168 The History of Wake Forest
to the All-American women’s golfer with the highest grade-point average. Neill, a
junior from Charlotte, was a business major with a 3.68 cumulative GPA.
At the ACC Outdoor Track meet, held at Florida State, both men and women
came away with the highest point totals in school history. The men dominated the
middle- and long-distance events and performed well in the field events. Earlier in
the year, the cross country team had qualified to make its fourth appearance in five
years in the NCAA championship by tying for third in the NCAA District III Cham-
pionships. The women did well in all events, and in early November the cross country
team won the NCAA District III Championship in Greenville, South Carolina, their
first in Wake Forest history.
The Arts
And Still I Rise, a musical written and directed by Reynolds Professor Maya Angelou,
had its world premiere at the Arts Council Theatre on September 3. The title came
from Angelou’s poem by the same name.
Sweet Honey in the Rock, an all-female, Grammy-winning, a cappella quintet,
with a sixth member signing for the hearing impaired, sang gospel, jazz, and blues in
Wait Chapel in September. Founder Bernice Johnson Reagon, a veteran of the Civil
Rights Movement, crafted the performance to communicate religious, social, and
political messages.
The Secrest Artists Series began the new season with a performance of the New
Sousa Band, which aimed to reproduce the look, sound, and espirit de corps of the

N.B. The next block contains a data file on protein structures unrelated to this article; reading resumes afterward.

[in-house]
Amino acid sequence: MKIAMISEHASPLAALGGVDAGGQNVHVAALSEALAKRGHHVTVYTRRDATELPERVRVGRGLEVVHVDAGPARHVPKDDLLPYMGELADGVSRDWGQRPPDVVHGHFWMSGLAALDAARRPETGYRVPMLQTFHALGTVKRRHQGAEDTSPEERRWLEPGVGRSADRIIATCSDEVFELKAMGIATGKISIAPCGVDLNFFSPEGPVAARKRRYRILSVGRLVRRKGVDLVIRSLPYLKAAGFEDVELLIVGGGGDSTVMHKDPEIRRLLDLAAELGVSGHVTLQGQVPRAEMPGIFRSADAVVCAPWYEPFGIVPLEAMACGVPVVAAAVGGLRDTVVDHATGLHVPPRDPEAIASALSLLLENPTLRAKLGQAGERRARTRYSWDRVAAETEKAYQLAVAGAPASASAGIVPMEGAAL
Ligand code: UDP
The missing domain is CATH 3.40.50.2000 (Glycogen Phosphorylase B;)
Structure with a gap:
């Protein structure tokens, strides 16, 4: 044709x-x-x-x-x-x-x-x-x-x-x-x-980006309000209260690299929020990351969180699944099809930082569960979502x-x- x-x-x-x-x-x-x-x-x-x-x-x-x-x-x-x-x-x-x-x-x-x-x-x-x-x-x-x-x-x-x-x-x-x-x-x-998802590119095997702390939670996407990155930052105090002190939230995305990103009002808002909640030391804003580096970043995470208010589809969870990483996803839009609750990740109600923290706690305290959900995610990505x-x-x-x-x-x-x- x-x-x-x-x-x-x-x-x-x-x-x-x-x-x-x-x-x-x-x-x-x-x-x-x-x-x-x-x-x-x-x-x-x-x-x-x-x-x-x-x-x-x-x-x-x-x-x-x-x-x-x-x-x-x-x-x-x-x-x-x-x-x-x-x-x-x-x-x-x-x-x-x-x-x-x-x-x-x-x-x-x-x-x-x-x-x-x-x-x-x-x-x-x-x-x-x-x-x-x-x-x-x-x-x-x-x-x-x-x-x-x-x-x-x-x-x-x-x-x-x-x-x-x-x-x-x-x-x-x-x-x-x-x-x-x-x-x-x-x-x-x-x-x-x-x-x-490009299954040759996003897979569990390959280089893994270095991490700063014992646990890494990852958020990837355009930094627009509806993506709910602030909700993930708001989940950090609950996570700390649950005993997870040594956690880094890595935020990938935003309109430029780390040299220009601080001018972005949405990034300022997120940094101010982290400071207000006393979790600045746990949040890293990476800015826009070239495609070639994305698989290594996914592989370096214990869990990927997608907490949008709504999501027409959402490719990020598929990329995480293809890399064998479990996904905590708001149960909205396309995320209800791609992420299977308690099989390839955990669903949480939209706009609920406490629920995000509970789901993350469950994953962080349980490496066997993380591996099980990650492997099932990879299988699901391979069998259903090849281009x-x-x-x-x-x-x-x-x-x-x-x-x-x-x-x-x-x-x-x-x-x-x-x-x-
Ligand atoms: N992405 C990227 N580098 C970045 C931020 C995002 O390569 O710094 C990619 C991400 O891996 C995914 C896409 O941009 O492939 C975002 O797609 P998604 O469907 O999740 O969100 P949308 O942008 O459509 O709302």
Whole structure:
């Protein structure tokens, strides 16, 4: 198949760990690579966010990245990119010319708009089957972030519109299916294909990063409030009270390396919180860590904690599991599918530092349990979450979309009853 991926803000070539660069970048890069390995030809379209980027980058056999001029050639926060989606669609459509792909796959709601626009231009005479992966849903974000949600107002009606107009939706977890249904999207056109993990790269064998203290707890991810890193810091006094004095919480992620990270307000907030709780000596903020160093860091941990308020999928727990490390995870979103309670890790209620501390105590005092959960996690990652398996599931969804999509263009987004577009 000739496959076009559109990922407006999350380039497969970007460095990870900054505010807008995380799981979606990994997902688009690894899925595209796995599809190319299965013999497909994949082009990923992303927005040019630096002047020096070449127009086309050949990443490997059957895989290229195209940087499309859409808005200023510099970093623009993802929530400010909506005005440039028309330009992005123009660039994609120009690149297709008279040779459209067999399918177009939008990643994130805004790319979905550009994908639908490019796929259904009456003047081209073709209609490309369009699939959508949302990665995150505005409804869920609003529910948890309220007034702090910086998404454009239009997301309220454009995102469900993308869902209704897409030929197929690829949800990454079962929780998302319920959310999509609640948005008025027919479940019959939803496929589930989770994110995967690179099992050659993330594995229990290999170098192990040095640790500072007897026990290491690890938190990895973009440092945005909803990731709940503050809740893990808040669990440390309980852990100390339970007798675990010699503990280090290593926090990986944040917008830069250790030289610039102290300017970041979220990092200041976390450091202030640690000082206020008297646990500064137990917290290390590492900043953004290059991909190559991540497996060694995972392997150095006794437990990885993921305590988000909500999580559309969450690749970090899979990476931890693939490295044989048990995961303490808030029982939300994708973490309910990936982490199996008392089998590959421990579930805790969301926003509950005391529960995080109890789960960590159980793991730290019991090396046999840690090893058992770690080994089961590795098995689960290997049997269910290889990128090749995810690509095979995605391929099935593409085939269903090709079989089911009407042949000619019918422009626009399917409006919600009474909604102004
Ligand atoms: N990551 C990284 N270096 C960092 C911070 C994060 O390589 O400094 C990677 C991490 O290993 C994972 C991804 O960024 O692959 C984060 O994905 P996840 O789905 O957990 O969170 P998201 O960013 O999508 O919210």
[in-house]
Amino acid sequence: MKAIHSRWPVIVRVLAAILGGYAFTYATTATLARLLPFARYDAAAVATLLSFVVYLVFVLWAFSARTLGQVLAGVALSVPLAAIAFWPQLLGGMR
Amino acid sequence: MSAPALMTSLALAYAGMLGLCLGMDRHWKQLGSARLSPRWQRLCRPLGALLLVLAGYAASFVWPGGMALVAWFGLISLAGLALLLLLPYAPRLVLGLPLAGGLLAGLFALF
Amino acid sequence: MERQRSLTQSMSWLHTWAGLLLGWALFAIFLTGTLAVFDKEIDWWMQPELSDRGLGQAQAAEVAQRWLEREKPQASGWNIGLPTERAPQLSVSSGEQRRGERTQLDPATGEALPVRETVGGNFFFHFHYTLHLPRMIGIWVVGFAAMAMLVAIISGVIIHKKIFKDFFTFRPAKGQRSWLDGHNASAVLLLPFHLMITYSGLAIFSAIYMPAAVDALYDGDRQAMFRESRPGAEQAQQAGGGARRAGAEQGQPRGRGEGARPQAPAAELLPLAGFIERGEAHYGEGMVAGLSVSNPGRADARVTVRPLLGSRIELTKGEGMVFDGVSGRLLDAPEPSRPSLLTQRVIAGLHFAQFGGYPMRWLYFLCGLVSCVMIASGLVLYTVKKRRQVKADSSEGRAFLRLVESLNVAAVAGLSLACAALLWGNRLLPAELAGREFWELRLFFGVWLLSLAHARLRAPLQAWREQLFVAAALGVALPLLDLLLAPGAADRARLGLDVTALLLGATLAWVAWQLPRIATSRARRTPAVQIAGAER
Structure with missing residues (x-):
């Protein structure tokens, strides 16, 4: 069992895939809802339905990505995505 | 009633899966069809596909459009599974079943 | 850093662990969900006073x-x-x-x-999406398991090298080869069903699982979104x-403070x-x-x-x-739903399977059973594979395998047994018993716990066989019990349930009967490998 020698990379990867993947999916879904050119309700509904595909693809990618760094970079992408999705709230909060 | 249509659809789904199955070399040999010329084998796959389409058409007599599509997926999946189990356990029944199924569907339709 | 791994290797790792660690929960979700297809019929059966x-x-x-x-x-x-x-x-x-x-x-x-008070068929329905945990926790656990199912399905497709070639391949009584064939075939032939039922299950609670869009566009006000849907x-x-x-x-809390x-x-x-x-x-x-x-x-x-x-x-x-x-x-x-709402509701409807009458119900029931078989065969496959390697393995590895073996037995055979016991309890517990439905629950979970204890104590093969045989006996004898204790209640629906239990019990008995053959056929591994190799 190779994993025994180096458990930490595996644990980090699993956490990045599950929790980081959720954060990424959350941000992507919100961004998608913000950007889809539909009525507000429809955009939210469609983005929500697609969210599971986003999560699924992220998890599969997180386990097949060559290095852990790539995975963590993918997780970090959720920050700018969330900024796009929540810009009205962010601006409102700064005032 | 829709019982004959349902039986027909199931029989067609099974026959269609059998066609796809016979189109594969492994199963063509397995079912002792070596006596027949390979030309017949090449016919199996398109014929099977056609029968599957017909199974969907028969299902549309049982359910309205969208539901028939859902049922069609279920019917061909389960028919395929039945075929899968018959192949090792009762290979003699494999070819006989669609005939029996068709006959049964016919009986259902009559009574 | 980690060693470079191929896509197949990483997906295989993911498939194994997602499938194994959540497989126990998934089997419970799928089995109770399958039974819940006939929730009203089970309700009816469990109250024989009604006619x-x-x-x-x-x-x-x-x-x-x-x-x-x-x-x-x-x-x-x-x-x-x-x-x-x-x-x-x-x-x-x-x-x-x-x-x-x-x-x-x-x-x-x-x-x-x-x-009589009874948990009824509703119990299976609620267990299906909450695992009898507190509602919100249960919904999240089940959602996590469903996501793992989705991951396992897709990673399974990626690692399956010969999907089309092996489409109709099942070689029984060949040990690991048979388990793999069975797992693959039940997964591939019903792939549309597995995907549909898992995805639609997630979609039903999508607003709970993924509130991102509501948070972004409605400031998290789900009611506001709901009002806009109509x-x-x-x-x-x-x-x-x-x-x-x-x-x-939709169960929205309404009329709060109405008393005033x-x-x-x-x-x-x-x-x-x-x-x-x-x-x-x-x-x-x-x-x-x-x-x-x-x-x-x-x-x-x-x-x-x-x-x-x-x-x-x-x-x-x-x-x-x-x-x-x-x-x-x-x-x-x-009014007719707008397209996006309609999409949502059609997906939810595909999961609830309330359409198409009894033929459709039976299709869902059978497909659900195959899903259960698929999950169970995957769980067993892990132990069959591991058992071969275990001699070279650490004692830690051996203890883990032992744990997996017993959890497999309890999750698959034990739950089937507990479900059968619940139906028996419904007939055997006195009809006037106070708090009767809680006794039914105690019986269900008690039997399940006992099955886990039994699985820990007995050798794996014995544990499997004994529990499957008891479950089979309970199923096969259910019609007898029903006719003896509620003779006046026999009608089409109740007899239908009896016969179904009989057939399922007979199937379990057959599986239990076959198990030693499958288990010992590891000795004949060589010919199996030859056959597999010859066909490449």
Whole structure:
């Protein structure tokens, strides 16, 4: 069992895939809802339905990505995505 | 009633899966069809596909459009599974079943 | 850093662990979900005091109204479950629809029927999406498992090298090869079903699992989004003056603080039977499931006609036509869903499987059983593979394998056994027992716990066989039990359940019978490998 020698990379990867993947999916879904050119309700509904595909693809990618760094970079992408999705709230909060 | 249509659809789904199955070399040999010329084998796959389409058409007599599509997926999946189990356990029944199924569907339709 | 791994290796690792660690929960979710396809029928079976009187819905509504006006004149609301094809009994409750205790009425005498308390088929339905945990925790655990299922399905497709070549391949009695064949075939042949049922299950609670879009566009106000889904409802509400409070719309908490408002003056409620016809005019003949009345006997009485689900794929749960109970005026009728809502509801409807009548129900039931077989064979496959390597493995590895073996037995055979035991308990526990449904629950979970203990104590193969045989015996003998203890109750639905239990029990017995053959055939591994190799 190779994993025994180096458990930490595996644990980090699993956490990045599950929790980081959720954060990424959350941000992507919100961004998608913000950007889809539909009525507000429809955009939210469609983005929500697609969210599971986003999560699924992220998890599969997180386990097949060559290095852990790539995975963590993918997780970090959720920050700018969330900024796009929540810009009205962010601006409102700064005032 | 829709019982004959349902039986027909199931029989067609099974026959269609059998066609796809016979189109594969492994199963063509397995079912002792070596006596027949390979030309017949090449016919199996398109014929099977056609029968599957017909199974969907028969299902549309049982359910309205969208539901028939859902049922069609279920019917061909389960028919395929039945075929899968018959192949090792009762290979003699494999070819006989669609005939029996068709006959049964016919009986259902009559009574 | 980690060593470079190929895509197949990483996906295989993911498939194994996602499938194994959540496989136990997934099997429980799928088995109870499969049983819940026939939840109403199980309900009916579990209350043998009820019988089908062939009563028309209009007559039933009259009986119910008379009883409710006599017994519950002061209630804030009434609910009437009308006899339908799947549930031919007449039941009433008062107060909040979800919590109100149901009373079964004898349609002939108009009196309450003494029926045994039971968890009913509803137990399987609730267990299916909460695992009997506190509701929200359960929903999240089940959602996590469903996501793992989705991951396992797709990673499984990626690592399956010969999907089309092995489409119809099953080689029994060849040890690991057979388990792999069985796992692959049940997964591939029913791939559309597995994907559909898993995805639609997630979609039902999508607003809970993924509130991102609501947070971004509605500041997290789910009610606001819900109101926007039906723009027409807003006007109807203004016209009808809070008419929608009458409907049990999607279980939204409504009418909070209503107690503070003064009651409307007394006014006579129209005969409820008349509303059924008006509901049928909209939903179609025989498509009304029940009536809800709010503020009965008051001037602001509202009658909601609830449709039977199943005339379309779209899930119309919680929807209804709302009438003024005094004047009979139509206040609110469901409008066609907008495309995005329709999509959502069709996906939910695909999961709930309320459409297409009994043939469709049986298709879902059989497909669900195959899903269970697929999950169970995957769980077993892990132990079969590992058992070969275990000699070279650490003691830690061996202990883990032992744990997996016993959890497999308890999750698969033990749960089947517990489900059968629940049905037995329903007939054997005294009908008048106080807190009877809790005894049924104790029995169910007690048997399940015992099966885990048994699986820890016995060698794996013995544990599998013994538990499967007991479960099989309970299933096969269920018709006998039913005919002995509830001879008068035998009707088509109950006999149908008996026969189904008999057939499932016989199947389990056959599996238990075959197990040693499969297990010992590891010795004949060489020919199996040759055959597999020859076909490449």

John Philip Sousa original. It was followed by the Mozartean Players, who specialized
in the works of Haydn, Mozart, and Beethoven. In December, the Waverly Consort
enacted the Christmas story, both singing and playing reproductions of medieval
instruments. The Russian chamber ensemble Moscow Virtuosi performed in Febru-
ary, and a month later pianist Ruth Laredo performed “Homage to Rachmaninoff.”
The Wake Forest Theatre presented Dark of the Moon, a 1945 Appalachian
drama by Howard Richardson and William Berney, in October and Tennessee Wil-
liams’s Night of the Iguana in November. In the spring, it produced Accidental Death
of an Anarchist, by Nobel-prize winner Dario Fo, and The Boy Friend, a 1954 musical
by Sandy Wilson. In late January, Broadway actor Bruce Kuhn performed the text of
The Gospel of Luke in the Ring Theater.
The Battle of Gettysburg cyclorama was displayed in the Scales Fine Arts Center
from August through September. The painting by Paul Philippoteaux depicts Pick-
ett’s Charge and was rescued by Winston-Salem artist Joe King, who gave it to the
Campus and Student Life
Wake Forest entered the 1992–1993 academic year with an official student/faculty
ratio of 13:1, an undergraduate enrollment of 3,650, and a total enrollment, including
the medical school, of 5,679. Overall, 1,188 undergraduates were from North Caro-
lina; about 64 percent hailed from the South, compared with 71.5 percent in 1988.
Applications for first-year admission increased to 5,567, which was 319 more than in
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